• 3-minute read
  • 5th October 2018

Word Choice: Rack vs. Wrack

Neither “rack” nor “wrack” is a common word these days. However, they are used in some common terms and phrases. And since they sound identical, it’s easy to get them mixed up. To avoid errors in your written work, then, check out our guide to using “rack” and “wrack” correctly.

Rack (Strain and Storage)

The more common word here is “rack.” It comes from a Middle Dutch word meaning “stretch out,” which makes sense when you know that one use of “rack” is a type of torture device:

He refused to confess even after a day on the rack.

People would use a “rack” to stretch their victims, so the word has since become associated with causing pain, strain, and distress.

It doesn’t look fun.

We also see that sense of pain and distress in the verb form of this term:

His shoulder was racked with pain.

This is also the sense of “rack” we see in “nerve-racking,” which implies being mentally strained. Oddly, though, the idea of a wooden frame for stretching something also gave us a fairly innocent use of this term. In this case, it refers to a framework used for storing something:

Finally, put the cake on a wire rack until it is cool.

In case you were wondering, we would choose this kind of “rack” if we had to spend time on one.

Find this useful?

Subscribe to our newsletter and get writing tips from our editors straight to your inbox.

Wrack (An Old-Fashioned Word for “Wreck”)

“Wrack” comes from a Middle Dutch word meaning “shipwreck.” This link to destruction reflects how the word is still used today. For instance:

Clouds roiled in the storm-wracked skies.

The phrase “storm-wracked” here literally means “wrecked by a storm.” Likewise, you may see “wrack” used in the phrase “wrack and ruin,” which also refers to destruction.

Storm-wracked skies.
Storm-wracked skies.

However, “wrack” has commonly been confused with “rack,” especially in situations where “rack” means causing pain or distress. As such, “wrack” is often accepted as a variant spelling of the verb form of “rack.” For example, we can say “wracked with pain” as well as “racked with pain.”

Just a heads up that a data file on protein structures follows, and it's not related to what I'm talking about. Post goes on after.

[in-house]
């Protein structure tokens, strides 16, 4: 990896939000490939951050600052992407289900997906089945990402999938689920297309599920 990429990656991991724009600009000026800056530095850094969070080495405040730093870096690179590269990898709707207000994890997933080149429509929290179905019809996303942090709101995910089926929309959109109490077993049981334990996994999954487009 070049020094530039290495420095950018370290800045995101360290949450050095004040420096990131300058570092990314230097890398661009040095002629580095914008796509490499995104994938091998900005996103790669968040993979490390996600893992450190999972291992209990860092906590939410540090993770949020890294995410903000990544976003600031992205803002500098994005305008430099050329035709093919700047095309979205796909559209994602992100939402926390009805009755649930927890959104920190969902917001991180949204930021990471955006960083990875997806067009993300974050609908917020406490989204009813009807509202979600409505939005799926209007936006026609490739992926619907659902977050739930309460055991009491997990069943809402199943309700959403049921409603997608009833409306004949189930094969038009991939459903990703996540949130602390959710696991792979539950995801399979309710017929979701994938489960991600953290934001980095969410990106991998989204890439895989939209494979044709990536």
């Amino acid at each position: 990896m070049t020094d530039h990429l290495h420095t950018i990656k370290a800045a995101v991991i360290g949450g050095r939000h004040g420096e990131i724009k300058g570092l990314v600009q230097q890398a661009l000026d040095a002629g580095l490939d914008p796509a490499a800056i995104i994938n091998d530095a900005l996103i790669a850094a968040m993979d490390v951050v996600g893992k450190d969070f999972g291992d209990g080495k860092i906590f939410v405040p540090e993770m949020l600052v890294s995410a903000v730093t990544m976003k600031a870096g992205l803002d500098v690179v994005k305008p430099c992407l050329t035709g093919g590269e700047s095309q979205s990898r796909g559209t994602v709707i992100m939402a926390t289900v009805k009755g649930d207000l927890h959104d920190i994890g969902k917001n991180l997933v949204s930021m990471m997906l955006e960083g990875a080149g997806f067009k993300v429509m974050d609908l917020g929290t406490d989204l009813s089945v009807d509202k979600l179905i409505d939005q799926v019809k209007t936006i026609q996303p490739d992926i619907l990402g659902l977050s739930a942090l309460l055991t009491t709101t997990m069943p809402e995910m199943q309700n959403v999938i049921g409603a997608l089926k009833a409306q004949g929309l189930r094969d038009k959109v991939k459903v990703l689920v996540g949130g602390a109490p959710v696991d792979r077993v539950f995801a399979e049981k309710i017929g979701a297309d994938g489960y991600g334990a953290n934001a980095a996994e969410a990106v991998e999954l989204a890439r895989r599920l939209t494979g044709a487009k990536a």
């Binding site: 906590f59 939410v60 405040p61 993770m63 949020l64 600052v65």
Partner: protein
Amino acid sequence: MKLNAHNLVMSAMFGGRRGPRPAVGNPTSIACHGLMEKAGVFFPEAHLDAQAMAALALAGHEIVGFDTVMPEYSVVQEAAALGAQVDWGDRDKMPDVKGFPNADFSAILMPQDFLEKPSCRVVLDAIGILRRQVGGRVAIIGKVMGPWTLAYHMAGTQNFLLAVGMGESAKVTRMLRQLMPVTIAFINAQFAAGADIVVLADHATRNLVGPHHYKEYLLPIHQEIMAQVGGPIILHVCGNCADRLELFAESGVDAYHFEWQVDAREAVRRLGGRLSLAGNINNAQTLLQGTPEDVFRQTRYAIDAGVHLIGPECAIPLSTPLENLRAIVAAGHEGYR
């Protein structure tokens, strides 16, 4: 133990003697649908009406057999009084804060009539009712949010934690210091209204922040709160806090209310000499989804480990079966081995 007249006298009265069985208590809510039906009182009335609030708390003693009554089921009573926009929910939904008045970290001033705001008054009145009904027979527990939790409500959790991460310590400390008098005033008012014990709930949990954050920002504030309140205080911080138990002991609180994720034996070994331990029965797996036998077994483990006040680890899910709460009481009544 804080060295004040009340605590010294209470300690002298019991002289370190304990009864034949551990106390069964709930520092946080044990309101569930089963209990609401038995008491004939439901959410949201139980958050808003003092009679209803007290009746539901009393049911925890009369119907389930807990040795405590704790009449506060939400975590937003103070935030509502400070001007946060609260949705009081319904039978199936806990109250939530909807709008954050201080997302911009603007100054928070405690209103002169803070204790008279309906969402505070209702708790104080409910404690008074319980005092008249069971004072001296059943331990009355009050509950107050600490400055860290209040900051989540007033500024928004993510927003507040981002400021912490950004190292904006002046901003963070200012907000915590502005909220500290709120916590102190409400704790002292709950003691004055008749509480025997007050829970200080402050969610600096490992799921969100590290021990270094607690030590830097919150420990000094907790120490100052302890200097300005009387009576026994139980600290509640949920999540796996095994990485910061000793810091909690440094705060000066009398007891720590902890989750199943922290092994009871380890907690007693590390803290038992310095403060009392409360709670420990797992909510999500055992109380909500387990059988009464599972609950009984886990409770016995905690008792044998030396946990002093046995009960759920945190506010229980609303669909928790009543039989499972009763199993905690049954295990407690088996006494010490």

But keep in mind that “rack” and “wrack” are only interchangeable when used as a verb. If you are referring to a torture device or a framework used for storage, “wrack” would be incorrect.

Rack or Wrack?

Most of the time, “rack” will be correct. However, “wrack” is now widely accepted as a variant spelling when used as a verb. And the traditional uses of these terms are as follows:

  • A “rack” is a torture device, so as a verb it usually means “torture” or “cause distress.” However, as a noun, a rack can also be a frame used for storage (e.g., a “spice rack”).
  • “Wrack” is an old-fashioned word for “wreck.” It is traditionally used to describe a shipwreck and associated with destruction.

Generally, the main place you will need “wrack” is in phrases like “wrack and ruin” and “storm-wracked.” The word “rack,” meanwhile, appears in terms like “nerve-racking.” If you need help making sure you’ve used these words correctly, get in touch today.

Comments (2)
Julian Koplen
31st May 2020 at 16:59
Shouldn't your verb in the lead sentence by "is" rather than "are?"
    1st June 2020 at 15:28
    You are right. Now corrected. Thanks.

Got content that needs a quick turnaround?

Let us polish your work.

Explore our editorial business services.

More Writing Tips?
Trusted by thousands of leading
institutions and businesses

Make sure your writing is the best it can be with our expert English proofreading and editing.